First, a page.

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American Society of Landscape Architects

 

October 2006 Issue

Greening the Blacktop
Strategies for improving the environmental and health performance of asphalt paving.

By Meg Calkins, ASLA

Greening the Blacktop Images.com/Bruno Budrovic

Conventional asphalt pavement, or asphalt concrete, is the most commonly used site and road construction material, used on 90 percent of new roads. It is inexpensive, flexible, easily placed without formwork, relatively long lasting, and durable. In addition, a wide range of surface finishes and overlays can be applied to fit any design setting and extend the pavement’s life cycle without removing the full paving section. However, asphalt pavement does pose some environmental and human health risks: the most serious from the asphalt binder during extraction and refining and, to a lesser degree, during manufacture and placement.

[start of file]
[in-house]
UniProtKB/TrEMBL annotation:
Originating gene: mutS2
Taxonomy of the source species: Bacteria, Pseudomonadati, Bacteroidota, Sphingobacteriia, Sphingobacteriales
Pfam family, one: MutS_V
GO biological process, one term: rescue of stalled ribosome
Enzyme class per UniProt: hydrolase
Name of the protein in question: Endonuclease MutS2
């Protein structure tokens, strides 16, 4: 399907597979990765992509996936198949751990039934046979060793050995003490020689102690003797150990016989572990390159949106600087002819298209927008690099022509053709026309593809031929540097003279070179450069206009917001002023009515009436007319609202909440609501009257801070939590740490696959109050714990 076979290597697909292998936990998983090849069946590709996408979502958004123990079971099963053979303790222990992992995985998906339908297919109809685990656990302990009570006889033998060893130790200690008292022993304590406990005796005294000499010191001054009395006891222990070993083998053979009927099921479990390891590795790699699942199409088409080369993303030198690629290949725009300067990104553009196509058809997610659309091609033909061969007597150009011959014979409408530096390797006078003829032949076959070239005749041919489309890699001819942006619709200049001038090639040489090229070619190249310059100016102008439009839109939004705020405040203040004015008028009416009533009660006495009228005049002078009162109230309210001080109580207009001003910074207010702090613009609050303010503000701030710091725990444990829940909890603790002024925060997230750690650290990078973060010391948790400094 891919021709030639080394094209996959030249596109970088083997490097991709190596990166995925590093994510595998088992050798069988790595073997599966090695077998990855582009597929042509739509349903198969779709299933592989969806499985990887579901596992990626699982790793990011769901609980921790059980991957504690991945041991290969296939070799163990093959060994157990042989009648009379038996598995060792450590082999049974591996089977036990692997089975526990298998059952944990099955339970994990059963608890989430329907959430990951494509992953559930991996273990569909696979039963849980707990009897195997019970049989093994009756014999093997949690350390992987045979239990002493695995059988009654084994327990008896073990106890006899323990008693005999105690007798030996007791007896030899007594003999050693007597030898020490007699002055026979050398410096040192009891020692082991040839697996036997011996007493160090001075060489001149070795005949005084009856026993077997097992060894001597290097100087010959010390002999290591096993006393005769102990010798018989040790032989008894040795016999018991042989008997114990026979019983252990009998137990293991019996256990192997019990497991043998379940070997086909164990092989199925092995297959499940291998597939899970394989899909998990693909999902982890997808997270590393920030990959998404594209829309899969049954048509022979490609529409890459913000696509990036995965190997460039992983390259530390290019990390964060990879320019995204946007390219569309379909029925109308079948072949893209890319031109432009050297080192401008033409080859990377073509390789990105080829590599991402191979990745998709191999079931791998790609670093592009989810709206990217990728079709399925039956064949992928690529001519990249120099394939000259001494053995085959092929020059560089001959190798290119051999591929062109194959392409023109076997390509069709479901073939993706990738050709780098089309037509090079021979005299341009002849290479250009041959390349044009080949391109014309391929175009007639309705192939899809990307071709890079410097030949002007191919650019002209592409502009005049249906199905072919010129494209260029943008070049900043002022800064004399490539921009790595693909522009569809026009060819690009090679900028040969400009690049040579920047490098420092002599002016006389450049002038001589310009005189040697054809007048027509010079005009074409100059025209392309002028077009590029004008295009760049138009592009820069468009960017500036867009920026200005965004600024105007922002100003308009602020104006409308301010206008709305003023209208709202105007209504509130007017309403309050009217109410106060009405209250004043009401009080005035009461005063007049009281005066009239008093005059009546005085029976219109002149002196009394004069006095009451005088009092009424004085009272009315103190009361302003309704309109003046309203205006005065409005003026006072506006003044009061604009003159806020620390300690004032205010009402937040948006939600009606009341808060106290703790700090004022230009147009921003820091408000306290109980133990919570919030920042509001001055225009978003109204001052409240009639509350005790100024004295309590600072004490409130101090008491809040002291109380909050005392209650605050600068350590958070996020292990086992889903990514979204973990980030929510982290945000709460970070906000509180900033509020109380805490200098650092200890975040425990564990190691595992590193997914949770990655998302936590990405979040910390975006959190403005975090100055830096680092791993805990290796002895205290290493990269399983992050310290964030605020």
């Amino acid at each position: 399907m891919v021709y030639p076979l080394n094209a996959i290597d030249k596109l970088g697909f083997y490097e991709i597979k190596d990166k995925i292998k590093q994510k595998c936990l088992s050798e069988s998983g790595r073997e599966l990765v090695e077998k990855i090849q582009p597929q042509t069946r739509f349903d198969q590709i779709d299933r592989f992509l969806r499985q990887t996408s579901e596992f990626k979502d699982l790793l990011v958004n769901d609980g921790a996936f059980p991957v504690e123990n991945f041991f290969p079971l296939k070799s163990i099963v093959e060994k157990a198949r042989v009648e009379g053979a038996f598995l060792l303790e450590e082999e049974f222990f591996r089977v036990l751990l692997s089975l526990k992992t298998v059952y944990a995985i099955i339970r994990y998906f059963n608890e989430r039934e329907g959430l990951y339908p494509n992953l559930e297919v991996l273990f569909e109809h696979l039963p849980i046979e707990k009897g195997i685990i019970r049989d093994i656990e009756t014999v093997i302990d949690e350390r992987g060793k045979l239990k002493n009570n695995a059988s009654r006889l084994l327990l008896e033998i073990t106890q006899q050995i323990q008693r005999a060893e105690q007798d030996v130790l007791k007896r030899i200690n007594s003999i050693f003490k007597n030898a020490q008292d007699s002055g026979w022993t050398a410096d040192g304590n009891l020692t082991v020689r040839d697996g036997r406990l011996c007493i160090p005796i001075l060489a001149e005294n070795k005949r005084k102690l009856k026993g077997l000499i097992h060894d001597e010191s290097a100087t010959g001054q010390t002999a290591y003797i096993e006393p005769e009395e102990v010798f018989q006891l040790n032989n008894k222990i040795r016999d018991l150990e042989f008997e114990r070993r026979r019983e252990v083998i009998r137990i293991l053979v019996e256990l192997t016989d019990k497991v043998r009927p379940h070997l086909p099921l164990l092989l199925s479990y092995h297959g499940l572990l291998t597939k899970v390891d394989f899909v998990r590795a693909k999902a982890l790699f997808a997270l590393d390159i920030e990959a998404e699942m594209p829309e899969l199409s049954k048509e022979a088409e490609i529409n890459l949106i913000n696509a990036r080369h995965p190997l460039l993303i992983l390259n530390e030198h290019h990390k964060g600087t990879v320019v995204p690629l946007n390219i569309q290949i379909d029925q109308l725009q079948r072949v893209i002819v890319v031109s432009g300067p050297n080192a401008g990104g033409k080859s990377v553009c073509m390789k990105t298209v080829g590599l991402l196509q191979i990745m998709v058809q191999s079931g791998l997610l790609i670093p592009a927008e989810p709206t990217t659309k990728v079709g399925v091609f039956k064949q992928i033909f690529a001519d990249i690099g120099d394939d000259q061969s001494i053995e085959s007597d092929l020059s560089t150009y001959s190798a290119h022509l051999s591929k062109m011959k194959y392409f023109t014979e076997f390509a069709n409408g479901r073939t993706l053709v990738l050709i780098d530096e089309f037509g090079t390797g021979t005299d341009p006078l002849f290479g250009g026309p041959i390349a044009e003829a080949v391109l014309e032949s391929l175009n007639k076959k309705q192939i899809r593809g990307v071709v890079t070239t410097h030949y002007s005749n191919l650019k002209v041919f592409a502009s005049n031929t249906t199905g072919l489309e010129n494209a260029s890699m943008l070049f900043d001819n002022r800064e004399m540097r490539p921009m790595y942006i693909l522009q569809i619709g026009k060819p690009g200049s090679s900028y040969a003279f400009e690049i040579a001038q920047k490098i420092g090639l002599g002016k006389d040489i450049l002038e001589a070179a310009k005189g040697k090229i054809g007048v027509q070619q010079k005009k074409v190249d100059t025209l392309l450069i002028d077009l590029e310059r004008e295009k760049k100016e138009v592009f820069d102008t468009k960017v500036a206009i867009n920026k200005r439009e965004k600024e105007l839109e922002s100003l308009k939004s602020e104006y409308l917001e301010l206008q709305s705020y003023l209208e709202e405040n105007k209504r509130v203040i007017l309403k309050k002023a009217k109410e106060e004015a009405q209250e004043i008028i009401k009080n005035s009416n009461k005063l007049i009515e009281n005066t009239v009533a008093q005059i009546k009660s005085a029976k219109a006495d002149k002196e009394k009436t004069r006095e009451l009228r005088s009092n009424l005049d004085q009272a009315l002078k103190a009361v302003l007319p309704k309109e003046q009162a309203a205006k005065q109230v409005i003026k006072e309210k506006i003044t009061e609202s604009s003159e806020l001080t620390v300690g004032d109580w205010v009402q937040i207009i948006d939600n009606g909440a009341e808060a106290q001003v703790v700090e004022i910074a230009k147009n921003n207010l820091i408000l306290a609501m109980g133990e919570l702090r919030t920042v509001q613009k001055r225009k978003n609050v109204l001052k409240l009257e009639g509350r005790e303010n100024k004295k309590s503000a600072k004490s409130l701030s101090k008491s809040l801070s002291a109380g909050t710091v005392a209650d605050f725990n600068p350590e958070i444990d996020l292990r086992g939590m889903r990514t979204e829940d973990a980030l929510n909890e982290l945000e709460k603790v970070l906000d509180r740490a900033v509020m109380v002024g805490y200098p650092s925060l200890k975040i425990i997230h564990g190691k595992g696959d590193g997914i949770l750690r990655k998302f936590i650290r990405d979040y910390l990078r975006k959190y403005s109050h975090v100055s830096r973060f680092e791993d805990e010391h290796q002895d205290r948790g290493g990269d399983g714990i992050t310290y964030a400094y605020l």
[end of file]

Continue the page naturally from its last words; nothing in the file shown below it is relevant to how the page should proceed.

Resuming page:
The human health effects of asphalt binders from mixing, heating, and placement stages are controversial, and there is much criticism of research methods used to determine quantities of fumes and emissions. Uncaptured emissions and fumes from heating asphalt binders can pose both mild and severe health impacts during plant mixing and placement of asphalt pavement, yet the degree of exposure and the severity of the impacts are still debated.

Emissions of hazardous air pollutants (HAPs) from asphalt processing and placement are also an environmental concern. However, the asphalt industry has made efforts to reduce these emissions, and in 2002, hot-mix asphalt (HMA) plants were removed from the Environmental Protection Agency’s list of “major” sources of hazardous air pollutants to be regulated.

In addition to health impacts, an environmental impact of hot-mix asphalt is the energy consumed in heating the asphalt binder and aggregates and keeping them hot during transport and placement.

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